Whew, we’ve been waiting on this a LONG time.
The Twittersphere was on fire with tweets from the viewing. Everyone had something to say. Most, were unimpressed. I’ll admit, I didn’t even watch it. Who has to nowadays with the web? From replays on youtube to thousands of blog comments, I’m not missing much.
Many viewers complained that the show wasn’t realistic. I can agree. What 5 political and/or professional women, because DC is a town for both, are going to put their lives on camera for the world to see? It just wasn’t happening. So then commenters slammed the women for putting on airs… These poor women can’t win for losing. Oh well. But, it does make me rethink my search for 15 minutes.
The first post that I read, and probably one of the most helpful for someone that didn’t watch the show, is one that I want to share with you for the #31bnb (31 days to a brand new blog) project that I’m participating in. The post comes from the blog Brightest Young Things, which I’d heard a lot about and discovered that I loved the blog’s design. Their staff appears to share the same “spread local arts and pop culture” philosophy that I’d like this blog to have as well.
Here are some poignant highlights of the politically challenged from the episode according to BrightestYoungThings:
- Mary drunkenly suggesting that “our hair salons need to become integrated” during her birthday dinner to a mortified looking Stacy and Ted Gibson, who is (guess what?) also black and a (guess what?) hair stylist.
- Cat announcing she things she hates Tyra Banks and doing an impression of her which while accurate is also mortifying to Stacy
- Can announcing that George W. Bush is a class act, and that Obama she’s not sure about yet (cut to Stacy [sic] who says “She doesn’t like Obama OR Tyra Banks, AND THEY BOTH HAPPEN TO BE BLACK”)
- Paul Wharton’s white girl hair envy
- Lynda’s obvious coveting of everything chocolate colored and with muscles (from her boyfriend to the models she does castings for in what appears to be her rec room in the basement)
- when they showed “real DC” (which Stacy [sic] announced as “Chocolate City” for the masses of Americans at home) they cut to a shot of Busboys & Poets and Ben’s Chilli Bowl hiting a total cliche home run so hard it almost made me want to stand up and cheer.
I liked this post’s coverage of the show. I liked the fact that the post made mention to other DC based reality shows. I liked that the author had watched the other RH shows. The bullet point recap was good as well as the limited use of pictures. Below, I’m going to over use pictures. Maybe one day, I’ll learn.
If you dare, watch Real Housewives of DC on Bravo TV Thursdays at 9pm.
In case you missed it, below are the cast members and their brief bios. From Washington Post.com
Michaele Salahi, 44: Even before she and husband Tareq turned up at the White House state dinner uninvited, the couple had local notoriety for their flamboyant lifestyle and a long-running feud with Tareq’s parents over their Oasis Winery in Fauquier County.
Michaele was raised in suburban Oakton, and worked at Nordstrom department store before marrying Tareq in a splashy 2003 ceremony. Though she turned up with camera crews at their alumni events, the Redskins cheerleaders have denied she was ever a member. The Salahis remain under state and federal investigation for the White House incident and their business practices.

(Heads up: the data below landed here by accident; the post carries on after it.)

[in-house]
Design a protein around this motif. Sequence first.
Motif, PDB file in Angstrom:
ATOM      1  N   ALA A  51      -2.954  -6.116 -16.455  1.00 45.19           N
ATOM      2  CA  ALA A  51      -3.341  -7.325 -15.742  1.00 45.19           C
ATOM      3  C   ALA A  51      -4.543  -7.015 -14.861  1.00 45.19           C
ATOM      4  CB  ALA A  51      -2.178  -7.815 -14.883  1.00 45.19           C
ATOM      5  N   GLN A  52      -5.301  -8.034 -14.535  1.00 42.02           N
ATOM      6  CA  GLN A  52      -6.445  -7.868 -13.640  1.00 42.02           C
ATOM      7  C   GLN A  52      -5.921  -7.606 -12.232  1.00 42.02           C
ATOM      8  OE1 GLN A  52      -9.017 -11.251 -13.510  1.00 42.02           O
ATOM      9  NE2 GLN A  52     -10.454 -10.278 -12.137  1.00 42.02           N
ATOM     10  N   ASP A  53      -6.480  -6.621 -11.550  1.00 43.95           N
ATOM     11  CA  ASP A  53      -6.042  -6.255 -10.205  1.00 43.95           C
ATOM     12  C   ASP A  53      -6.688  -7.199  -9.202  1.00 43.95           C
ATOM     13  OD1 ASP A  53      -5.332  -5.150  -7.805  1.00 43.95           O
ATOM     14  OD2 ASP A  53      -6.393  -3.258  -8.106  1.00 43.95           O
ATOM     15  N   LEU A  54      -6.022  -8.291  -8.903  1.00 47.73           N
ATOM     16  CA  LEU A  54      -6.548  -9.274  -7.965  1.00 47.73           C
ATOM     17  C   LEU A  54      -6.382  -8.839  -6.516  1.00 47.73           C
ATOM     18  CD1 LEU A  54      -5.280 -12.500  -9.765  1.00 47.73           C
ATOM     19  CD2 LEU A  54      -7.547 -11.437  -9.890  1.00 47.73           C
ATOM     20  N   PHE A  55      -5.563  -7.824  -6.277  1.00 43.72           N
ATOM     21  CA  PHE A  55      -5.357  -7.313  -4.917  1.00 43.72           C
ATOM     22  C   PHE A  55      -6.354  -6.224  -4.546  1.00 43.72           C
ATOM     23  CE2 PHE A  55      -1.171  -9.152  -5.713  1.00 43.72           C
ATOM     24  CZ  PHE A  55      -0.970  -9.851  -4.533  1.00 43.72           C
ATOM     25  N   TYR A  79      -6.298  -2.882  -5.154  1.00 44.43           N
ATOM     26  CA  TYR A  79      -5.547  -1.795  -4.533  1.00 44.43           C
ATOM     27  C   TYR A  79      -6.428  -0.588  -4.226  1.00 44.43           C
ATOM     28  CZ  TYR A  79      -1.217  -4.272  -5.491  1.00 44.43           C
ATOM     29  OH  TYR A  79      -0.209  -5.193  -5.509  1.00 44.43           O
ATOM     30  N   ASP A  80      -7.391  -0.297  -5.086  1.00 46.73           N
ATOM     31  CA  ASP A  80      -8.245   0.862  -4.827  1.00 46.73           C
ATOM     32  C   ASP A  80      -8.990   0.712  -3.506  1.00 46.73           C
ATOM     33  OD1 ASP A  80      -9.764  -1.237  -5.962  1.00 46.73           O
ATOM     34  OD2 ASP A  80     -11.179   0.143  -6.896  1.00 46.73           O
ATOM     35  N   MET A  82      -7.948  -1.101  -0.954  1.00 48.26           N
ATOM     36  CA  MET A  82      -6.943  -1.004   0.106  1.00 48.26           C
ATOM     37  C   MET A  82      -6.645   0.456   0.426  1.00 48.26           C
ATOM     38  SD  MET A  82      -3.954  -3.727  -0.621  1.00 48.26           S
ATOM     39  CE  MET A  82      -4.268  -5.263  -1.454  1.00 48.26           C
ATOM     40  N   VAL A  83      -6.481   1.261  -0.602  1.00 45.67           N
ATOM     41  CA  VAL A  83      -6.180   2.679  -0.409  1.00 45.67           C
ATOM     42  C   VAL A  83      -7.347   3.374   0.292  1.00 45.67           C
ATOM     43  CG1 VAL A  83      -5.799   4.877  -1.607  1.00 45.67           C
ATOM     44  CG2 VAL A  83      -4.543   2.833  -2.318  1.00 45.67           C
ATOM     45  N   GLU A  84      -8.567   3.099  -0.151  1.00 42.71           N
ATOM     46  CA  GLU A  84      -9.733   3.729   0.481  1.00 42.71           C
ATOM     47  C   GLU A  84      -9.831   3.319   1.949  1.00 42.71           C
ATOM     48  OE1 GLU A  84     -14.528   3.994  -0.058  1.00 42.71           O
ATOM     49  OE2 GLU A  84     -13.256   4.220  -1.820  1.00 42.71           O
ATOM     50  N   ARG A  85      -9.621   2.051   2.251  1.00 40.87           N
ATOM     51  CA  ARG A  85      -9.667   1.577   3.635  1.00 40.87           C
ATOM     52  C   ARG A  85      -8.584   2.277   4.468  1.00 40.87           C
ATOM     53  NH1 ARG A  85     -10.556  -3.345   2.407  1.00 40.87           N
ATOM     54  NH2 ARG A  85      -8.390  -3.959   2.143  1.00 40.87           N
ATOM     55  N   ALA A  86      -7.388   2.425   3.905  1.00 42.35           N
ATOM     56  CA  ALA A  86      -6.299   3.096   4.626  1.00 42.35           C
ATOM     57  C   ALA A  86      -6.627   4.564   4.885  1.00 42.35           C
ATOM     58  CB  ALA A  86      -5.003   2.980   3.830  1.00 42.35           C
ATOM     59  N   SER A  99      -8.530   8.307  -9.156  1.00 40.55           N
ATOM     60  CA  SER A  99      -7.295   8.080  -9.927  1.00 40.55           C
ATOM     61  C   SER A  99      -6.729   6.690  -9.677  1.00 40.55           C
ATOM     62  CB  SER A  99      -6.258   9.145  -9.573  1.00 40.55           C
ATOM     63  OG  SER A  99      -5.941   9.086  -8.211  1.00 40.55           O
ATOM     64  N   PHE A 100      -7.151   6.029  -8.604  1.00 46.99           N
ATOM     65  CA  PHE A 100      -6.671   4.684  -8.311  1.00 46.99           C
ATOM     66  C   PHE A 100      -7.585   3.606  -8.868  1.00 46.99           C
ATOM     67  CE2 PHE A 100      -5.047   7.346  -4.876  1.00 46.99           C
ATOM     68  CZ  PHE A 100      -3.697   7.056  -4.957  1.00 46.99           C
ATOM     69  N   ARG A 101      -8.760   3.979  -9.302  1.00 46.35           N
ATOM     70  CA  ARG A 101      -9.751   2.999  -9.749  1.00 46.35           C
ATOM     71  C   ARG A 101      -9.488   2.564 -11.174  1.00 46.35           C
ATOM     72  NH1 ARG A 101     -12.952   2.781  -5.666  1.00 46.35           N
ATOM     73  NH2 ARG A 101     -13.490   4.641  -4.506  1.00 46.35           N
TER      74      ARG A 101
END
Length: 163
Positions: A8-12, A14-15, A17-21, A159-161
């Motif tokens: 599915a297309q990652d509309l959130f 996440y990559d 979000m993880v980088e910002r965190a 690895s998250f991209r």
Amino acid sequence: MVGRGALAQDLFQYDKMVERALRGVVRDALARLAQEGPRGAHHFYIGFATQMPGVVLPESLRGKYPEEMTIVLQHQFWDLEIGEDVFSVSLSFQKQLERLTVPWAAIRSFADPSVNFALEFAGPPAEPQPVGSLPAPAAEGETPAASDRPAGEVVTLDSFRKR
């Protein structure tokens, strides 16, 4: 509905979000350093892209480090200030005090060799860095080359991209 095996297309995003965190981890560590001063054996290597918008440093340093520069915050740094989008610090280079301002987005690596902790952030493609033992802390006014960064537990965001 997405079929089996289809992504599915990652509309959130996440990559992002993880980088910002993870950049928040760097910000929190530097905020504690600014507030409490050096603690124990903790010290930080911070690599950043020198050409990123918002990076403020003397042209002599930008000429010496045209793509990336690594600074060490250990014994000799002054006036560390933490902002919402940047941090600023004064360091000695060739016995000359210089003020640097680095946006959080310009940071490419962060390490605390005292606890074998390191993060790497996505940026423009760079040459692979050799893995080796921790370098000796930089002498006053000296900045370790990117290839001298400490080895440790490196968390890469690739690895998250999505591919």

Catherine Ashley Ommanney, 40-ish: A newcomer to Washington, the British interior designer moved to the U.S. in the summer of 2008 when she married Charles Ommanney, a prize-winning photojournalist with Newsweek, after a brief courtship. The mother of two girls from a previous marriage, she was little known in D.C. social circles before emerging as part of the ‘Housewives’ set.
Turns out she’s got a perfect past for reality TV: In 2006, she blabbed to a British tabloid about her brief make-out session with a much-younger Prince Harry. Since the show has wrapped, she and Charles have separated.
Mary Schmidt Amons, 43: A McLean, Va., socialite and mom of five, she’s a native of the D.C. suburbs. She’s the daughter of a telecom exec who married a telecom exec herself, Rich Amons.
They started their family early: Their oldest, Lolly, pictured here, is 23. In 2005, they were featured in Marie Claire and on “Good Morning America” about mothers and daughters who look the same age. A stylish dresser, Mary was named to Washingtonian’s 2009 best-dressed list.
In 2006, Mary helped found Labels for Love, which runs the popular District Sample Sale, a semi-annual shopping-for-charity event. Random fact: Her grandfather was 1950s broadcaster Arthur Godfrey.
Stacie Turner, 42: The only African-American woman headlining the cast, Turner is also the only ‘Housewife’ with much connection to local politics. Her husband, Jason, worked in D.C. Mayor Adrian Fenty’s administration, but left amid political drama in the parks department.
She’s a Howard University grad and a Harvard MBA, who worked in marketing at BET and other companies before becoming a real-estate agent with Long & Foster. They have two young children and live in a former 16th Street Heights church that they renovated into a mansion.
Jason’s brother is a Paris-based hip-hop musician. Last fall, Bravo flew the couple overseas for one of his shows.Jason also has a very unique patent on file with the PTO.
Lynda Erkiletian, 52: A divorced mother of grown children, she’s the owner of T.H.E. Artist Agency, a Georgetown-based modeling firm representing more than 500 local models and stylists. Her ex is the owner of Muleh boutique on U Street. Last year she sold her condo for more than $5 million and moved out of the city. In 2009, she was named one of the city’s Best Dressed.